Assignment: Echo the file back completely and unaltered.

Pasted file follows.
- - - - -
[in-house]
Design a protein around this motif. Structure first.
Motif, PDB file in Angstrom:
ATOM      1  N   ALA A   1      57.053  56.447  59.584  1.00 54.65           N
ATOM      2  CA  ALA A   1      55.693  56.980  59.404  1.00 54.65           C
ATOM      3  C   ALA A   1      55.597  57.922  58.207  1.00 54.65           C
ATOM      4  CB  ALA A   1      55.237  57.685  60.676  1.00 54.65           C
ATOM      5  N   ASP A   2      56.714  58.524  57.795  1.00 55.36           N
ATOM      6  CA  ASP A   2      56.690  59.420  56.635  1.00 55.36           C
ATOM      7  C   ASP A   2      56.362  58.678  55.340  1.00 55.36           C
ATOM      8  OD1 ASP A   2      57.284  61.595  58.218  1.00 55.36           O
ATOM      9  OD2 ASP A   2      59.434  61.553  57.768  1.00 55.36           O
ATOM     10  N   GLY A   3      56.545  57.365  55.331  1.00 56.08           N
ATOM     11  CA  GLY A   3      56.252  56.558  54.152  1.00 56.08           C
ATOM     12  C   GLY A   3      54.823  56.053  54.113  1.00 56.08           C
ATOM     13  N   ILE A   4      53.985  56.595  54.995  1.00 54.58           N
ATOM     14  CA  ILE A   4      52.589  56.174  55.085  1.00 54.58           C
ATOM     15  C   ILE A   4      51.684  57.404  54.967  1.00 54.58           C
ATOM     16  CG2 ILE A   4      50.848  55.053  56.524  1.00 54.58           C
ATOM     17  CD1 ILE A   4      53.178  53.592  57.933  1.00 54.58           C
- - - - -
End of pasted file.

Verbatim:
[in-house]
Design a protein around this motif. Structure first.
Motif, PDB file in Angstrom:
ATOM      1  N   ALA A   1      57.053  56.447  59.584  1.00 54.65           N
ATOM      2  CA  ALA A   1      55.693  56.980  59.404  1.00 54.65           C
ATOM      3  C   ALA A   1      55.597  57.922  58.207  1.00 54.65           C
ATOM      4  CB  ALA A   1      55.237  57.685  60.676  1.00 54.65           C
ATOM      5  N   ASP A   2      56.714  58.524  57.795  1.00 55.36           N
ATOM      6  CA  ASP A   2      56.690  59.420  56.635  1.00 55.36           C
ATOM      7  C   ASP A   2      56.362  58.678  55.340  1.00 55.36           C
ATOM      8  OD1 ASP A   2      57.284  61.595  58.218  1.00 55.36           O
ATOM      9  OD2 ASP A   2      59.434  61.553  57.768  1.00 55.36           O
ATOM     10  N   GLY A   3      56.545  57.365  55.331  1.00 56.08           N
ATOM     11  CA  GLY A   3      56.252  56.558  54.152  1.00 56.08           C
ATOM     12  C   GLY A   3      54.823  56.053  54.113  1.00 56.08           C
ATOM     13  N   ILE A   4      53.985  56.595  54.995  1.00 54.58           N
ATOM     14  CA  ILE A   4      52.589  56.174  55.085  1.00 54.58           C
ATOM     15  C   ILE A   4      51.684  57.404  54.967  1.00 54.58           C
ATOM     16  CG2 ILE A   4      50.848  55.053  56.524  1.00 54.58           C
ATOM     17  CD1 ILE A   4      53.178  53.592  57.933  1.00 54.58           C